3:45 PM - 4:00 PM
[BCG09-14] Reconstruction of the 3.2 Ga depositional environment of black shale and siderite/oxide BIF at Pilbara, Western Australia
Keywords:Archean, banded iron formation, carbon isotope, sulfur isotope, siderite, pyrite
In this study, organic and inorganic carbon isotopic analyses (bulk) and sulfur isotopic analyses for pyrite (bulk and in situ) and barite (in situ) were performed in addition to macroscopic and microscopic observation for mainly drill cores and barite layers on land. From these results, depositional setting was reconstructed.
Increase in size of clastic particles of black shale and frequency of coarser grains through the DXCL drill cores suggest that depositional setting got shallower from deep anoxic environment to shallower oxic BIF-forming area.
The δ13Corg through the DXCL drill cores except for the BIF Member showed constant values indicating some photosynthetic bacteria, probably O2 generating cyanobacteria. Thus, iron oxyhydroxide could have formed in the surface euphotic zone due to oxidization of ferrous iron discharged from proximate hydrothermal systems.
The δ13Ccarb of siderite in the upper part of BIF Member in the CL3 were lower than that of typical marine carbonate. This can be partly traced to the δ13Corg of organic matter oxidized by iron reducing bacteria. The bacteria would have reduced iron oxyhydroxide into siderite by their metabolism using organic matter as electron donor.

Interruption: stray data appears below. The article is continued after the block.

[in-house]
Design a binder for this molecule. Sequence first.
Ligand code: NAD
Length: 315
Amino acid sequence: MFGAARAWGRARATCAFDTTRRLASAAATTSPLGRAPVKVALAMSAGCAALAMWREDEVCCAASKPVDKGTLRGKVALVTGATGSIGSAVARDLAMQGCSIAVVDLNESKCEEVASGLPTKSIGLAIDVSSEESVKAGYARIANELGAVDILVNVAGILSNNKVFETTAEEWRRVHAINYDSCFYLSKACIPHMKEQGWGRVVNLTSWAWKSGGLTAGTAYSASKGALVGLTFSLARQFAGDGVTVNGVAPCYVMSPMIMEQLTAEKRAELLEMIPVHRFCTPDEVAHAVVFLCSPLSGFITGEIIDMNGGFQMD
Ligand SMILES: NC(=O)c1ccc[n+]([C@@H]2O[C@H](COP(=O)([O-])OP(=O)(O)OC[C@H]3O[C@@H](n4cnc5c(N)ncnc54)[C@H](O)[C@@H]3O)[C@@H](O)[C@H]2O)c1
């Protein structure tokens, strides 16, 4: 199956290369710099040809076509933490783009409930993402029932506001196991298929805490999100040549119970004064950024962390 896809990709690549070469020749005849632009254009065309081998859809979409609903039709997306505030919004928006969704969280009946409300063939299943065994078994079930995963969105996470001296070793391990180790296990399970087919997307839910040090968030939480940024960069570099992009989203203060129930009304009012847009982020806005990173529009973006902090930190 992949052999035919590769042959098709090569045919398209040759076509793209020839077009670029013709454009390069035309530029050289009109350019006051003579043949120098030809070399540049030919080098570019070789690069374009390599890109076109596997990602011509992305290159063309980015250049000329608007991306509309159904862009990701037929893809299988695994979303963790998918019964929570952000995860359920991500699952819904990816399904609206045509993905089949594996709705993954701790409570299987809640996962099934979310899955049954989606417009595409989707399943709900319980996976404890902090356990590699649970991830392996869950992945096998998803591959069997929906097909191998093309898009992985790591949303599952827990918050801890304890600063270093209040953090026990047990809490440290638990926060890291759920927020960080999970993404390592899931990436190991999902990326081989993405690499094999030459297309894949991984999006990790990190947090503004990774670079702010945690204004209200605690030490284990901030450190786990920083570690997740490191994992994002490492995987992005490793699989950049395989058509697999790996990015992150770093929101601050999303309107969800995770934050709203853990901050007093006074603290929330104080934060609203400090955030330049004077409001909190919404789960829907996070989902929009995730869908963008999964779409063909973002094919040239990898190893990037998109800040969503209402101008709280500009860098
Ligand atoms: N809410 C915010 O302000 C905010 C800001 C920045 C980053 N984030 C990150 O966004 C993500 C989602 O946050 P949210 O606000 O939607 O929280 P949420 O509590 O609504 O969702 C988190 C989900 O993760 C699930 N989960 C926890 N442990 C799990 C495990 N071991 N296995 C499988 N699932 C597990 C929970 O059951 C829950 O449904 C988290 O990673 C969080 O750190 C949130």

The δ34S of pyrite (bulk and in situ) in the DXCL drill cores and that of barite-associated pyrite (in situ) in the barite-yielding layers in the lower Black Chert Member of the Dixon Island Formation were characterized by high values. On the other hand, that of barite (in situ) in the barite-yielding layers was characterized by rather low δ34S than previously estimated values for 3.2 to 3.1 Ga barite. Common explanation for “heavy” pyrites and “light” barites by Rayleigh fractionation model requires also “light” pyrites. However, those “light” pyrites are still not found in the Dixon Island and Cleaverville Formations, and even in the Mesoarchean records. Thus, in this depositional environment, some unknown processes producing “heavy” pyrites other than Rayleigh fractionation could have been operated.
10 μm-sized spherical pyrites in the DX had internal δ34S heterogeneity of about 6 ‰ with the heaviest domain in the shape of a ring. With inferred growing process of these pyrites from their morphologies, they grew both inward and outward beginning from thin spherical shell. However, although supply of sulfate or sulfide into the shell is required to fill the inside with pyrite, isotopically heavy pyrite could not have formed in an open system on sulfate via Rayleigh fractionation. As original sulfate is considered to be isotopically light from barite analysis in this study, the same/different enigmatic processes producing “heavy” pyrites could have been operated even in μm-scale.
Summarizing the lithology and carbon and sulfur isotope results, findings include the following: (1) shallowing from deep anoxic environment to BIF forming setting, (2) formation of iron oxyhydroxide by oxygen produced by cyanobacteria in the surface seawater and formation of siderite by iron reducing bacteria in the reductive seafloor, (3) possibility of isotope fractionation other than Rayleigh process in the unique environment where δ34S of sulfide is high and that of barite is low, and (5) existence of the process which raise δ34S of pyrite in the μm-scale.